4. Ensure that touch feedback can be seen clearly despite the user’s finger.
  5. Reduce the distance between sequential items such as form fields without making them so close the screen appears cluttered and leads to cognitive overload.


  1. All audio content should have easily accessible volume controls.
  2. Audio content should provide captions.
  3. Interactive audio feedback can be provided as another way of letting the user know that they are progressing. Making positive vs negative sounds can be a clear progress indicator depending on the situation.


  1. Large touch targets are easier for seniors to touch. Even younger audiences get upset when touch targets are too small and they are unable to access the content they want.
  2. Haptic feedback on the downpress also provides an excellent way to let the user know that the software is recognizing their input. The more feedback provided, the better the user knows what is happening as they work their way through the app.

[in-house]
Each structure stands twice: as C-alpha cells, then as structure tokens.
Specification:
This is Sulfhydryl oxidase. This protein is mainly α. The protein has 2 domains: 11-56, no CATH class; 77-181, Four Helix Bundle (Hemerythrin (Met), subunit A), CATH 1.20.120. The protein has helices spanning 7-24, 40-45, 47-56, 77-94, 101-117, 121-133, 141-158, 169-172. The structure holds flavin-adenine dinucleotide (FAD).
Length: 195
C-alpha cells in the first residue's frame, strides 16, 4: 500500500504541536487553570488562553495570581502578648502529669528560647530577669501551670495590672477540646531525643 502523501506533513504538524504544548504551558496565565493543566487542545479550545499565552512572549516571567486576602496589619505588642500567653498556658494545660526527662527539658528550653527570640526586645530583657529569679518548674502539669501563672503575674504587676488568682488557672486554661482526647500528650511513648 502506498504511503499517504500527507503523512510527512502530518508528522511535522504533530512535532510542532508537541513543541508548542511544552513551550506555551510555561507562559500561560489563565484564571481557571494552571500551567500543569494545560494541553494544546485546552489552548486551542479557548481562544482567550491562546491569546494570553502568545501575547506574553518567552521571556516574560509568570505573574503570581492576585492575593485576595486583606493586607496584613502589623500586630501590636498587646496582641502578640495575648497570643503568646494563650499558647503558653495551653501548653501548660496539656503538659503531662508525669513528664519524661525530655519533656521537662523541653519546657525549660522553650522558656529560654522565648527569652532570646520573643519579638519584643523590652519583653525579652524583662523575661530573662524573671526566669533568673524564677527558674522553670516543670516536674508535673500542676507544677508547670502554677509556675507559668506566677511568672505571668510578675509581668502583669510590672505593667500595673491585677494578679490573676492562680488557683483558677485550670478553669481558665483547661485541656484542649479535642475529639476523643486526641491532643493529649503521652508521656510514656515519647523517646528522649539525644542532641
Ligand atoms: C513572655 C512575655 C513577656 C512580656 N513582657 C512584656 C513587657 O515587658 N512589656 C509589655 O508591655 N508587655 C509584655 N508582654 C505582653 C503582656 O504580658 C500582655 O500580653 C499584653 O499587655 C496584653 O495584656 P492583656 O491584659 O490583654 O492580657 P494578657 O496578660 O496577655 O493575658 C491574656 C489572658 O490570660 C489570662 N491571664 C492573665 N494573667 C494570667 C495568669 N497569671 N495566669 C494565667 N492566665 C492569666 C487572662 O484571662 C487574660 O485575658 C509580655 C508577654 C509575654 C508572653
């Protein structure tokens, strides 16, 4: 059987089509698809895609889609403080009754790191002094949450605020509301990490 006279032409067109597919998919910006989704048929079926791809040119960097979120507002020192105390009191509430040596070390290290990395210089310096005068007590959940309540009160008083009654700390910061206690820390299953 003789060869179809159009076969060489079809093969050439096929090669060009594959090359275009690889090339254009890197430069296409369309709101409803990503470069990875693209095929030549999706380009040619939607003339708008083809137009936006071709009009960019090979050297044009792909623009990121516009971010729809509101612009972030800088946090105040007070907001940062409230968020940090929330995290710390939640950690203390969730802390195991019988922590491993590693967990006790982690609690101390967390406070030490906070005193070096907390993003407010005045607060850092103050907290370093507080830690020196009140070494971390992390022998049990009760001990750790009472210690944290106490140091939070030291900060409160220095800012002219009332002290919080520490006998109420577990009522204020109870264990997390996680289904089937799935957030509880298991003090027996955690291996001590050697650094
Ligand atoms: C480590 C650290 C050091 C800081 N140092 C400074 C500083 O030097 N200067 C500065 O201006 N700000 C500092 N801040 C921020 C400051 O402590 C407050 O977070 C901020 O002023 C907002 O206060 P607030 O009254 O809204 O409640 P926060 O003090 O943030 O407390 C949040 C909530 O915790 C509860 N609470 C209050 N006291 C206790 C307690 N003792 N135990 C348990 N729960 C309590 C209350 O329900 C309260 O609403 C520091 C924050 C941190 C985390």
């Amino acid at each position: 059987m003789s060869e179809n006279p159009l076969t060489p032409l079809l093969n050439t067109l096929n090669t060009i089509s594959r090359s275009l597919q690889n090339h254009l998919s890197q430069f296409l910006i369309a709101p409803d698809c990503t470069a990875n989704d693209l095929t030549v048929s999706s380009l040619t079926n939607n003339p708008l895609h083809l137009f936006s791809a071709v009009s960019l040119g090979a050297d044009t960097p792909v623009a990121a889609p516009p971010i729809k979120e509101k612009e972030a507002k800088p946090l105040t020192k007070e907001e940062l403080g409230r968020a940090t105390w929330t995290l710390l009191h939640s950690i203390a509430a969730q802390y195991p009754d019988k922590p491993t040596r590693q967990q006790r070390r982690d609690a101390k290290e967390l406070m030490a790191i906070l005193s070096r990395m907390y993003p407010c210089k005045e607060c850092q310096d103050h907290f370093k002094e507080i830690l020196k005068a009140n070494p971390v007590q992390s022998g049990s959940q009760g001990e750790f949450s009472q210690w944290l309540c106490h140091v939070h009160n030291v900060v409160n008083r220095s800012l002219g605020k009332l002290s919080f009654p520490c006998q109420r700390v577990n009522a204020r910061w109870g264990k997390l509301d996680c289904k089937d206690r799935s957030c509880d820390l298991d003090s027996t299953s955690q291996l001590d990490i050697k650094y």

1. Navigation elements should be easy to find on all pages. The user should never not know where they are within the app.
  2. On mobile, the user should always have access to the main navigation.
  3. The search function should be available on primary navigation pages and should be forgiving of spelling errors and offer suggestions based on the app.
  4. Error Messages instead can be “Helper Messages”. Do not be negative and make sure that wording provides a clear message of what happened and what to do next.
  5. Loading icons should be present for any action that is not immediate. This way the user knows the app is working on that action.